Paediatric Bipolar Disorder: a controversy from the USA


Traditionally bipolar disorder has been seen as extremely rare prior to puberty and very rare in early adolescence, with first onset usually being from mid adolescence into adulthood. Diagnosis is often made late and early detection is important. However since the mid 1990s in the USA the rate of bipolar disorder diagnoses with children and teens has soared (44 fold from 94/95 to 02/03), is not uncommonly diagnosed in children as young as 2 years of age, and is the most common diagnosis in pre-pubertal paediatric psychiatric inpatient units. There is intense controversy over the diagnosis including between proponents of different “paediatric bipolar disorder phenotypes” and from clinicians who hold to traditional views that discount the validity of “Paediatric Bipolar Disorder” (PBD).


This rise in diagnosis appears to relate to multiple factors. This talk examines the changing diagnostic criteria, a neglect or disconnect from the attachment and traumatology literature, influences of the pharmaceutical industry within US academic psychiatry and "diagnostic upcoding" to access services rationed on a diagnosis basis by US health insurers. The rise in PBD diagnosis also correlates with increased polypharmacy for very young children.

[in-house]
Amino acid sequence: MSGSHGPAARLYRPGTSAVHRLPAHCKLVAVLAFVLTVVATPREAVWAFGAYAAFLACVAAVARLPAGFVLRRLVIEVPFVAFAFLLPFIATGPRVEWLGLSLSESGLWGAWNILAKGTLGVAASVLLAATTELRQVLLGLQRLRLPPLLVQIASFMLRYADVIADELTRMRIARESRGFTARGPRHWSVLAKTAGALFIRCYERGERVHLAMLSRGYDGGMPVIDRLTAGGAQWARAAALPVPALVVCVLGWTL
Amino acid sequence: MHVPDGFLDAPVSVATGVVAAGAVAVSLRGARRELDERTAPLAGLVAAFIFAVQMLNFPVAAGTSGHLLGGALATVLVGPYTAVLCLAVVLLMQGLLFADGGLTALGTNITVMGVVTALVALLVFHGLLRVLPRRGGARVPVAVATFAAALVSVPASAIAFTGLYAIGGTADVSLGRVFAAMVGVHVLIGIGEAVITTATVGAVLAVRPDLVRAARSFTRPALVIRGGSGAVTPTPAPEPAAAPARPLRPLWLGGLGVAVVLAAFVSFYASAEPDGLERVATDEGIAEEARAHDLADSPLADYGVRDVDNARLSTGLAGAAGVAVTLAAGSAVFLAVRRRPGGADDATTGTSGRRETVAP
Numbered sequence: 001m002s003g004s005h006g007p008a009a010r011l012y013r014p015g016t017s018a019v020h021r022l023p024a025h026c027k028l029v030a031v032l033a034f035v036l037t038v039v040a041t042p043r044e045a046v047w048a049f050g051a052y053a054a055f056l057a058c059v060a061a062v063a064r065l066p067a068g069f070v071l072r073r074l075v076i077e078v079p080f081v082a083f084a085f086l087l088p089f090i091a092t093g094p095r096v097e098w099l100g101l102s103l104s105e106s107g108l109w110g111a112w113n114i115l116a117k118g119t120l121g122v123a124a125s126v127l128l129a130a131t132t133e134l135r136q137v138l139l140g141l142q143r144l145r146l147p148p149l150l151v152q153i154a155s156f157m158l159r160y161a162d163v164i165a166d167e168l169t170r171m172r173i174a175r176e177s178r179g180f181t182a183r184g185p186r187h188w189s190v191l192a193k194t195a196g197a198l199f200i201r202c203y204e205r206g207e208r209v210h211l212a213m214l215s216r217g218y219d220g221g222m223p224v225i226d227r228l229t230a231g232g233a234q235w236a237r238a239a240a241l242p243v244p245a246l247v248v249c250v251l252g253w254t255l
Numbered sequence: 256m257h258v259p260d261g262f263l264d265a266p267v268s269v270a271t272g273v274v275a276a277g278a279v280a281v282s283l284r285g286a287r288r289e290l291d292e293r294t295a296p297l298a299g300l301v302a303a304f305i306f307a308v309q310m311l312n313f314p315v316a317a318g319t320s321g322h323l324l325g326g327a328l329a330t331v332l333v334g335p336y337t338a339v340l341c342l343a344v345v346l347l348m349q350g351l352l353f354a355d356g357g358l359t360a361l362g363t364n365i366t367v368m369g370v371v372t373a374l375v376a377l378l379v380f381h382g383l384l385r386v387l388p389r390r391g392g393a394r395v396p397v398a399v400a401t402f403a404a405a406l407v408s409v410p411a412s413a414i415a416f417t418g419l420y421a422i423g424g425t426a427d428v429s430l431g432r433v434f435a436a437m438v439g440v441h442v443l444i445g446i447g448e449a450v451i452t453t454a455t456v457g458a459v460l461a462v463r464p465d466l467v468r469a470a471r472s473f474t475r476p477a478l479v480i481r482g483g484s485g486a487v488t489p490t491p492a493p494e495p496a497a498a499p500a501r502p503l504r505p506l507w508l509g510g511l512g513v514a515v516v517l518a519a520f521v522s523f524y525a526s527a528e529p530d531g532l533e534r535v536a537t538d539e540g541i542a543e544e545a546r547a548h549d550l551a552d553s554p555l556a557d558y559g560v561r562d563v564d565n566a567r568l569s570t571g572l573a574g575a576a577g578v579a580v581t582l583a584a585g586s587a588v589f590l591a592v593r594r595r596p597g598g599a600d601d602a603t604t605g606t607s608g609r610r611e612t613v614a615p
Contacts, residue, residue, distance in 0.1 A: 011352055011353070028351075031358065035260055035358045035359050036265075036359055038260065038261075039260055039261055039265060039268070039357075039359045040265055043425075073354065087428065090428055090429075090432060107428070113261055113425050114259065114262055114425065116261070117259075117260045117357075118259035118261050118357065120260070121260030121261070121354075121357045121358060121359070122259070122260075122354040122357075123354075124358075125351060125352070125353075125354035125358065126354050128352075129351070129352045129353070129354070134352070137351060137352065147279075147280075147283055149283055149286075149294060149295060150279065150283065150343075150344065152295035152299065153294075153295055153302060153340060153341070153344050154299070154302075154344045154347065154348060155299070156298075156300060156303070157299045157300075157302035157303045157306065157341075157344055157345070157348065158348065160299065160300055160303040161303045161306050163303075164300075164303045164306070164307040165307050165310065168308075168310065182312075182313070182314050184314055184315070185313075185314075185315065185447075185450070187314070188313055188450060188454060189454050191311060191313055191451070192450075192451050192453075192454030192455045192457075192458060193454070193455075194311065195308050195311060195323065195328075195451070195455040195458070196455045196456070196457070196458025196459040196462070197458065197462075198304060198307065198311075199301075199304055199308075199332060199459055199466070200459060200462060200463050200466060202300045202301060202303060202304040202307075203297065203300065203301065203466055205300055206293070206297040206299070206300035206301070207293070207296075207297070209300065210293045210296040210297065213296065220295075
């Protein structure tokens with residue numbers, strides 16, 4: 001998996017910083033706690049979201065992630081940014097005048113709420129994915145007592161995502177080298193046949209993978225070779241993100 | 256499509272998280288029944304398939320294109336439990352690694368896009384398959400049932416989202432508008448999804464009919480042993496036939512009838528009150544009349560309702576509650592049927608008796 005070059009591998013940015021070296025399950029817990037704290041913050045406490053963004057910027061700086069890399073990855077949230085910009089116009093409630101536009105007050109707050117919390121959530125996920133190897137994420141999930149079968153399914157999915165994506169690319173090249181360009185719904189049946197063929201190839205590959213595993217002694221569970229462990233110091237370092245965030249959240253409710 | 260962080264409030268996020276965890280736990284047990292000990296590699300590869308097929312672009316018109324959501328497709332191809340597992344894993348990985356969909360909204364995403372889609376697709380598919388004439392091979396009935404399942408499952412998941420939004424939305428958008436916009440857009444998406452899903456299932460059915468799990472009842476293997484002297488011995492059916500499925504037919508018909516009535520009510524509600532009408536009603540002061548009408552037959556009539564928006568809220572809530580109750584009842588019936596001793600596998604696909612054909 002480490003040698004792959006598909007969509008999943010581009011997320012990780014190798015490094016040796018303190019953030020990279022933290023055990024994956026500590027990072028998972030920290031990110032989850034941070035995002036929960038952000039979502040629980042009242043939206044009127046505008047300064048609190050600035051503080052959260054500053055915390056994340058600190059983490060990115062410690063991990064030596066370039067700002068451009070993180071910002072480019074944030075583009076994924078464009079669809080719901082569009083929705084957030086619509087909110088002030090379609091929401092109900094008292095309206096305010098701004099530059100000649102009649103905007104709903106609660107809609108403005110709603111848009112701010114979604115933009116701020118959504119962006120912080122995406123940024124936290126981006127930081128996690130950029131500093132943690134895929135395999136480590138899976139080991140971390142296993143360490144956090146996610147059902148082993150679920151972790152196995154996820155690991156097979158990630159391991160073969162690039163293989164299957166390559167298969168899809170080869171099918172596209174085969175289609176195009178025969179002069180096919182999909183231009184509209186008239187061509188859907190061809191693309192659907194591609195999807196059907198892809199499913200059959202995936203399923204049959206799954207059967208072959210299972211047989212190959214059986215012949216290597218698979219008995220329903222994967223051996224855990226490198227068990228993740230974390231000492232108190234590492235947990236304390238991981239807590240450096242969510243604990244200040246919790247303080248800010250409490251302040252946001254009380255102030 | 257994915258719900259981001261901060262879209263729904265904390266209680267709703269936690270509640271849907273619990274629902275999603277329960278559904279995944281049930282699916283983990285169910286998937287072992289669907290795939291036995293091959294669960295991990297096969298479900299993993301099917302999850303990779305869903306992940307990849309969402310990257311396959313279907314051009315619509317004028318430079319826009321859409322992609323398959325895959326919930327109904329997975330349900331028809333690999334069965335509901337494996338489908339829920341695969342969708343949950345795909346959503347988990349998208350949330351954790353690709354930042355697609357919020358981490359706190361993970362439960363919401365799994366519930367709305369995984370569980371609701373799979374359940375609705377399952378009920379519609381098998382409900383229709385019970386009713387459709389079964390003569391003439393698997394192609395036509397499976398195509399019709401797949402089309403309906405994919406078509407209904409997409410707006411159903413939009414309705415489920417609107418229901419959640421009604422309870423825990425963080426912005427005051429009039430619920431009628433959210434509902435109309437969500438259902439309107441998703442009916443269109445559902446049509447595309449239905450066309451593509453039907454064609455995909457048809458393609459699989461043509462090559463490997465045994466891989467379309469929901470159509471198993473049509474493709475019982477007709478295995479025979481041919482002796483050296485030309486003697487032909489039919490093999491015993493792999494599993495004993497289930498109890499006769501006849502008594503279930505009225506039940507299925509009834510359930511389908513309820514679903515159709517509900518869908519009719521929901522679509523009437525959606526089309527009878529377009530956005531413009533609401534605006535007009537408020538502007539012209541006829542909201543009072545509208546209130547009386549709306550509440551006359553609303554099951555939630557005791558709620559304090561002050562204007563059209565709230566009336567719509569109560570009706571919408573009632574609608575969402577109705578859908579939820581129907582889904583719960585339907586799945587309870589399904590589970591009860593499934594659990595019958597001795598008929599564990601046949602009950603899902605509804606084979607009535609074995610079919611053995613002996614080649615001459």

More traditional views appear to hold sway in ANZ, the UK and Germany, though PBD is increasingly being diagnosed in some other countries.



Duration (hrs): 1


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